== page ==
Troubleshooting

Théo Zimmermann edited this page Apr 23, 2018 · 2 revisions

(Part of the Coq FAQ)

What can I do when Qed. is slow?

Sometime you can use the abstract tactic, which makes as if you had stated some local lemma, this speeds up the typing process.

Why does Reset Initial. not work when using coqc?

The initial state corresponds to the state of coqtop when the interactive session began. It does not make sense in files to compile.

What can I do if I get "No more subgoals but non-instantiated existential variables"?

This means that eauto or eapply didn’t instantiate an existential variable which eventually got erased by some computation. You may backtrack to the faulty occurrence of eauto or eapply and give the missing argument a explicit value. Alternatively, you can use the commands Show Existentials. and Existential. to display and instantiate the remaining existential variables.

Coq < Lemma example_show_existentials : forall a b c:nat, a=b -> b=c -> a=c.

1 subgoal

  ============================
  forall a b c : nat, a = b -> b = c -> a = c

example_show_existentials < Proof.

1 subgoal

  ============================
  forall a b c : nat, a = b -> b = c -> a = c

example_show_existentials < intros.

1 subgoal

  a, b, c : nat
  H : a = b
  H0 : b = c
  ============================
  a = c

example_show_existentials < eapply eq_trans.

2 focused subgoals
(shelved: 1)

  a, b, c : nat
  H : a = b
  H0 : b = c
  ============================
  a = ?y

subgoal 2 is:
  ?y = c

example_show_existentials < Show Existentials.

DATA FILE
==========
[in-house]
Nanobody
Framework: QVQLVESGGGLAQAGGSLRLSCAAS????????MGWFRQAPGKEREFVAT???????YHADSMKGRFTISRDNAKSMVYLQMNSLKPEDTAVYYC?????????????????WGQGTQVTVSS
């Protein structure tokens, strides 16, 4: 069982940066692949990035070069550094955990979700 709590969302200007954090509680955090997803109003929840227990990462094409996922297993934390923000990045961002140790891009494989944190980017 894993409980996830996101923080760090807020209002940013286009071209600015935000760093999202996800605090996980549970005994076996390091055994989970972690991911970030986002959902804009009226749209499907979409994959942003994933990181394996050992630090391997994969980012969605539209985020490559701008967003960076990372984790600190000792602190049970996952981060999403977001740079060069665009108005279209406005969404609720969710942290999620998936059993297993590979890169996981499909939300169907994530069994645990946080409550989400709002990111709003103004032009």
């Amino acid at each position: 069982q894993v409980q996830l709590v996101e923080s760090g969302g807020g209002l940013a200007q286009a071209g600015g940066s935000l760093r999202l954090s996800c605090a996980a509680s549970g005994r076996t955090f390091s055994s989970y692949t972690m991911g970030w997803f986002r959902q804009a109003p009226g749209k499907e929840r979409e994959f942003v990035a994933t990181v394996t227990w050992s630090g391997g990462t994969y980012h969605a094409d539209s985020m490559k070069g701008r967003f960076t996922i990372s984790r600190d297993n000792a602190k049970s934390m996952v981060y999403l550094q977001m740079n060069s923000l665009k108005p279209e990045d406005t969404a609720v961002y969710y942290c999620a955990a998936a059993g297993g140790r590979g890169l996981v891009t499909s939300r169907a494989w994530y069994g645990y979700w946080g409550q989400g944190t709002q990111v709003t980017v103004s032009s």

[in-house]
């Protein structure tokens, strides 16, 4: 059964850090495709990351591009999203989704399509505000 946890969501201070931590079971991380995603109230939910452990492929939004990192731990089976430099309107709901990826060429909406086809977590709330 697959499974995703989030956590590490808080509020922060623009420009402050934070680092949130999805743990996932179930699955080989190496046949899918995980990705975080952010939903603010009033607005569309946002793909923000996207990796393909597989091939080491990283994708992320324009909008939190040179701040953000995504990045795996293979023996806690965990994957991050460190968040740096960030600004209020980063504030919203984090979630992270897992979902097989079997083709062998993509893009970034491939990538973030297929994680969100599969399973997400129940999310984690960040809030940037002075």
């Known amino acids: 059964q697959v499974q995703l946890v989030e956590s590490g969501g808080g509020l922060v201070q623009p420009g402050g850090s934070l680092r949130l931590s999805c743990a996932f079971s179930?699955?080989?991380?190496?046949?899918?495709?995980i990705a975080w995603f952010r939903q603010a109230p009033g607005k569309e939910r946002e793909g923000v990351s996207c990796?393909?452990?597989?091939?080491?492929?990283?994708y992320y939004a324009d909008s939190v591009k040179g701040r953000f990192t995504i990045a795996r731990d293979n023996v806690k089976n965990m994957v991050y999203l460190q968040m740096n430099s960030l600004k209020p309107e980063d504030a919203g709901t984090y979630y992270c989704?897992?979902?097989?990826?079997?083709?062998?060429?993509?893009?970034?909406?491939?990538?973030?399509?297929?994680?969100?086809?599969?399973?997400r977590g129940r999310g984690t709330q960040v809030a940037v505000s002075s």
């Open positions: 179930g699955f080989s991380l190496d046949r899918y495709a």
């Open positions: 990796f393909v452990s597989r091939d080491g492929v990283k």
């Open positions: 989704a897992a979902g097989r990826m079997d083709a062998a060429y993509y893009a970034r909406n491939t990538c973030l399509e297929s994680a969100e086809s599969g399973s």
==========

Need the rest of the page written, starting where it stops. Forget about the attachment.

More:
Existential 1 =
?y : [a : nat b : nat c : nat H : a = b H0 : b = c |- nat]
Existential 2 =
?Goal : [a : nat b : nat c : nat H : a = b H0 : b = c |- a = ?y]
Existential 3 =
?Goal0 : [a : nat b : nat c : nat H : a = b H0 : b = c |- ?y = c]

example_show_existentials < eassumption.

1 subgoal

  a, b, c : nat
  H : a = b
  H0 : b = c
  ============================
  b = c

example_show_existentials < assumption.
No more subgoals.

example_show_existentials < Qed.
example_show_existentials is defined

What can I do if I get “Cannot solve a second-order unification problem”?

You can help Coq using the pattern tactic.

I copy-paste a term and Coq says it is not convertible to the original term. Sometimes it even says the copied term is not well-typed.

This is probably due to invisible implicit information (implicit arguments, coercions and Cases annotations) in the printed term, which is not re-synthesised from the copied-pasted term in the same way as it is in the original term.

Consider for instance (@eq Type True True). This term is printed as True=True and re-parsed as (@eq Prop True True). The two terms are not convertible (hence they fool tactics like pattern).

There is currently no satisfactory answer to the problem. However, the command Set Printing All is useful for diagnosing the problem.

Due to coercions, one may even face type-checking errors. In some rare cases, the criterion to hide coercions is a bit too loose, which may result in a typing error message if the parser is not able to find again the missing coercion.

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